Battle of Fort Donelson

Grant, Ulysses S. (02).jpg
Portrait of Lieutenant General Ulysses S. Grant in full uniform, ca. 1864-1865. Grant was commissioned Lieutenant General by Abraham Lincoln in March 1864 and soon after appointed General in Chief of the United States Army. Portraits of famous generals were mass produced and popular with collectors.

In February 1862, General Ulysses S. Grant, a native Ohioan, led a Union force that captured Fort Donelson from the Confederacy.

Following his victory at Fort Henry on the Tennessee River, Grant marched his troops to Fort Donelson. Located in Tennessee, Fort Donelson guarded the Cumberland River. The Union forces arrived on February 12, 1862. The next day, a Union gunboat opened fire on the fort but did minimal damage to the structure. That evening additional ships and soldiers arrived, giving Grant an almost three-to-one advantage over the Confederate forces. The Union ships bombarded the Confederate position on February 14, but the ships again failed to achieve any major progress.

On February 15, Confederate soldiers attacked the Union infantry. Although the Confederates had some initial success, Grant's men regrouped and occupied part of Fort Donelson's outer defenses along the Confederate right flank. That night, many of the Confederate soldiers fled from the fort, leaving a small number of men under Brigadier-General Simon Buckner's command. On the morning of February 16, Buckner sent a message to Grant, requesting surrender terms. Grant replied with, "No terms except an unconditional and immediate surrender can be accepted." Grant's response earned him the nickname "Unconditional Surrender Grant" and helped make him a hero in the Union. Vastly outnumbered, the Confederates immediately surrendered and gave the Union control of much of the Cumberland River.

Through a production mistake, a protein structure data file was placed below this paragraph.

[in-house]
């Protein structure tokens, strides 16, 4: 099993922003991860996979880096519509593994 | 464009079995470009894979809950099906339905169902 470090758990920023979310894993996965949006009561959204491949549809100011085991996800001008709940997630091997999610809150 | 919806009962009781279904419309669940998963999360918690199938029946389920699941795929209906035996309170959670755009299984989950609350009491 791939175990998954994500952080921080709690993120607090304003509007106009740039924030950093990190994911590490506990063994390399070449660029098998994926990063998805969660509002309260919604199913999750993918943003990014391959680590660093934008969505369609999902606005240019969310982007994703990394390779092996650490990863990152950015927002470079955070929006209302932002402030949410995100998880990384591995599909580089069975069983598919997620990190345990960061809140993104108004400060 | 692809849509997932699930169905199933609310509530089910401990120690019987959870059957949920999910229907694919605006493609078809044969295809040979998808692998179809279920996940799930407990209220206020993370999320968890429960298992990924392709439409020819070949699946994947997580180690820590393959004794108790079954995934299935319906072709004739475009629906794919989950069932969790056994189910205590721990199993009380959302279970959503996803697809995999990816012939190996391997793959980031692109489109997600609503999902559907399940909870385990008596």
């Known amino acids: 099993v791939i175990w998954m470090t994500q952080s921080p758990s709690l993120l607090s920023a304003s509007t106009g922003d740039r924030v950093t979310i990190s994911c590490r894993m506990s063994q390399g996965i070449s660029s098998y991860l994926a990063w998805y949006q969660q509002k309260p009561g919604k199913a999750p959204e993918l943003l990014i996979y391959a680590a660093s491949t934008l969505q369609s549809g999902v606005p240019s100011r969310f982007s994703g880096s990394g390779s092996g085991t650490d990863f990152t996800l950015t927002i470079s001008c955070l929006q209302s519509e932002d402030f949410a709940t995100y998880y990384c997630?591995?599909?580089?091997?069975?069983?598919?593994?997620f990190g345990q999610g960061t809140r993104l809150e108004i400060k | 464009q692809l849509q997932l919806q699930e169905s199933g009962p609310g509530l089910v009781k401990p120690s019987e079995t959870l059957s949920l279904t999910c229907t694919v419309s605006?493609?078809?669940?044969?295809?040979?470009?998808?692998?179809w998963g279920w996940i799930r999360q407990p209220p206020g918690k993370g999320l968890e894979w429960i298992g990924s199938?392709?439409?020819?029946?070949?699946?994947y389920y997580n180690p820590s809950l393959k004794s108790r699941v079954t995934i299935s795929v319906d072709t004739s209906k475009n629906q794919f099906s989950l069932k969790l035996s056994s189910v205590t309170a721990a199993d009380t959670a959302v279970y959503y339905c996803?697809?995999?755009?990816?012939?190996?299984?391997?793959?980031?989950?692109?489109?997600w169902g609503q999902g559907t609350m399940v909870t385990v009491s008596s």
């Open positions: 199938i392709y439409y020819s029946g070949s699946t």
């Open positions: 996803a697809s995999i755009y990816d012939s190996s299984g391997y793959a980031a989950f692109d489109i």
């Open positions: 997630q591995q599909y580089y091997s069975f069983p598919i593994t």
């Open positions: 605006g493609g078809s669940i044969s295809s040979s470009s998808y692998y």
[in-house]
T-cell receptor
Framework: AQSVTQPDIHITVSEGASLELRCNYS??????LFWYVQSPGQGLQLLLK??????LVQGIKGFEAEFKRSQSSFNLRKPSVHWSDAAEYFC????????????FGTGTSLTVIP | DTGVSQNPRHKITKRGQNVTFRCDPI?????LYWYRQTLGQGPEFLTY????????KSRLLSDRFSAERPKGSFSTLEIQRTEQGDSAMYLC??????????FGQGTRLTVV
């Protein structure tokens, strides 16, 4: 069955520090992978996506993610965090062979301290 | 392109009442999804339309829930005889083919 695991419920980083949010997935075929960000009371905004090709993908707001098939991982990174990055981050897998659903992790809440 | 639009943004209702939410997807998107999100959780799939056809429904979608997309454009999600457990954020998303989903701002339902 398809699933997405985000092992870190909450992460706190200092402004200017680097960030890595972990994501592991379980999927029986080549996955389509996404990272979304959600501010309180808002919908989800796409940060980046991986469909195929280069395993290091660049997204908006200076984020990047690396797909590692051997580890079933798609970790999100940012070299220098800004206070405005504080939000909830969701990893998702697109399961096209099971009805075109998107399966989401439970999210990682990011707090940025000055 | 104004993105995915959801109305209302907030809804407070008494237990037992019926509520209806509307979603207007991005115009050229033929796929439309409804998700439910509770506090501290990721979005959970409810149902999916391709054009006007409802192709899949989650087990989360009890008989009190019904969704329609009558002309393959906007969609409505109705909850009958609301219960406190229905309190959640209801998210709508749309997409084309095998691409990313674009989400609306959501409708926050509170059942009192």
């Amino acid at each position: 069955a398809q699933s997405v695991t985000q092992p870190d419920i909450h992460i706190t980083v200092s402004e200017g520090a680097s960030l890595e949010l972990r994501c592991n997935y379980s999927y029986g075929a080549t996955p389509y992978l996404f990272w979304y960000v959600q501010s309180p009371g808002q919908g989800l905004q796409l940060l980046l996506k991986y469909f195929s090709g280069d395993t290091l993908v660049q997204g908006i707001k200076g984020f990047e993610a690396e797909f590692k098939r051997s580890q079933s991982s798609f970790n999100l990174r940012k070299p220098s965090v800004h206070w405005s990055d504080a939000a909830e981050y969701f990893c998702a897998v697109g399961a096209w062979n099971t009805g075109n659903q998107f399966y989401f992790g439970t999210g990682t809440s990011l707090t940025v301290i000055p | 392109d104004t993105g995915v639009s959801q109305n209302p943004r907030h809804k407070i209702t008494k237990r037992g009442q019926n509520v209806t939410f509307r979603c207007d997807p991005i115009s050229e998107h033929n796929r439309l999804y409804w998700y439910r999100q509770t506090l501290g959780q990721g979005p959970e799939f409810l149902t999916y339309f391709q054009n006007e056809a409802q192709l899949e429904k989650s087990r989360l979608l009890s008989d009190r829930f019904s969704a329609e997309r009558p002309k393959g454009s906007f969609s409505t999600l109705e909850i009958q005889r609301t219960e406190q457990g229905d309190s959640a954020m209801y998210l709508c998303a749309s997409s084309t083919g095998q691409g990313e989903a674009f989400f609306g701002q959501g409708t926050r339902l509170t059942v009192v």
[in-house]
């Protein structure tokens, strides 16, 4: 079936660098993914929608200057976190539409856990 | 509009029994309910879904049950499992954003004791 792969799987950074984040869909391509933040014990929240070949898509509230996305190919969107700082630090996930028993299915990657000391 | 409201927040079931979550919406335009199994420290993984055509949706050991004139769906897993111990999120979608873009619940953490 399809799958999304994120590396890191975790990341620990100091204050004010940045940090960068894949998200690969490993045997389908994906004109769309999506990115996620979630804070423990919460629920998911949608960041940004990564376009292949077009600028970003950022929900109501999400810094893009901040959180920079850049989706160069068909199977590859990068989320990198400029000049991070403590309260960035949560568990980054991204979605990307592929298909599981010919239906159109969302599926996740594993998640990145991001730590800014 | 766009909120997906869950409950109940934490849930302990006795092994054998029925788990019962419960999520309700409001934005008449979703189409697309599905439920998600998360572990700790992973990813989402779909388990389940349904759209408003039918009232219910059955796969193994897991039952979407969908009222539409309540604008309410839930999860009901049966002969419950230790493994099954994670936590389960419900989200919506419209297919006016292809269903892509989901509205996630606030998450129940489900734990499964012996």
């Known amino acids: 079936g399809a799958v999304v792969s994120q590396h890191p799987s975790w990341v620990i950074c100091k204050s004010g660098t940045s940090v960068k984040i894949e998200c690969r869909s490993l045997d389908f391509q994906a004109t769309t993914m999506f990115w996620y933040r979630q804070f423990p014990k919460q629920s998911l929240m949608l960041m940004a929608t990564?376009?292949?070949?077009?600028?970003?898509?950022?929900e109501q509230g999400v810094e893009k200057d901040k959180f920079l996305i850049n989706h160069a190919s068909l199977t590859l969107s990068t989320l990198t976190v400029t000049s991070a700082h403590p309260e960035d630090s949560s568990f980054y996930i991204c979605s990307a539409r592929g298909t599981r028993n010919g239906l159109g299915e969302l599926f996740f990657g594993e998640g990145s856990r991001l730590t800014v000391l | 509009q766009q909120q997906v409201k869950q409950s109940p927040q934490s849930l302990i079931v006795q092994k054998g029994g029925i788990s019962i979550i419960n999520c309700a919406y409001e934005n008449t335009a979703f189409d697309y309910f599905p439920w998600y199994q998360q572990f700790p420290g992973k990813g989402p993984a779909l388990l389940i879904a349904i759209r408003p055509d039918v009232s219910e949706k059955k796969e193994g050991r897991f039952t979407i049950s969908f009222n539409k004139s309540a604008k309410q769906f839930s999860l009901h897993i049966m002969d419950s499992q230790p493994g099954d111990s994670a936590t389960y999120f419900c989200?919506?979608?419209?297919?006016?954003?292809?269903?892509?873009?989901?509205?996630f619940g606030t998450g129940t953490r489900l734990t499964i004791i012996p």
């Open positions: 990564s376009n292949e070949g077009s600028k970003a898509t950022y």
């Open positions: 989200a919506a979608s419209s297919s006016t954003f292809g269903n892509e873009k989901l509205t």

On the afternoon of February 16, Grant and Buckner met to formalize the surrender. These two men had attended the United States Military Academy at West Point together and they were good friends. Grant even paid Buckner some money to settle an old debt that he owed him at this meeting. Despite the Union victory, Buckner and Grant stayed friends for the rest of their lives. Buckner served as a pallbearer at Grant's funeral.

The Union victories at Fort Henry and Fort Donelson were the first significant ones for the Union in the western theater of the war. They also gave the Union military unfettered access to the Tennessee and Cumberland Rivers, allowing the Union to gain deeper access into the Confederacy and an easier means to transport troops and supplies. These victories enhanced Union morale, including that of Ohioans. Previously, many in the Union were demoralized by Confederate victories at the Battles of First Bull Run and Ball's Bluff in 1861. The Battles of Fort Henry and Fort Donelson also signaled Grant's ascendancy as a prominent military leader for the Union.

See Also

References

  1. Cooling, B. Franklin. Fort Donelson's Legacy: War and Society in Kentucky and Tennessee, 1862-1863. Knoxville: University of Tennessee Press, 1997.
  2. Cooling, B. Franklin. Forts Henry and Donelson: The Key to the Confederate Heartland. Knoxville: University of Tennessee Press, 1987.
  3. Dee, Christine, ed. Ohio's War: The Civil War in Documents. Athens: Ohio University Press, 2007.  
  4. Hamilton, James J. The Battle of Fort Donelson. New York, NY: T. Yoseloff, 1968.
  5. Official Roster of the Soldiers of the State of Ohio in the War of Rebellion, 1861-1866. Akron, OH: The Werner Company, 1893.  
  6. Reid, Whitelaw. Ohio in the War: Her Statesmen, Generals and Soldiers. Cincinnati, OH: Clarke, 1895.
  7. Roseboom, Eugene H. The Civil War Era: 1850-1873. Columbus: Ohio State Archaeological and Historical Society, 1944.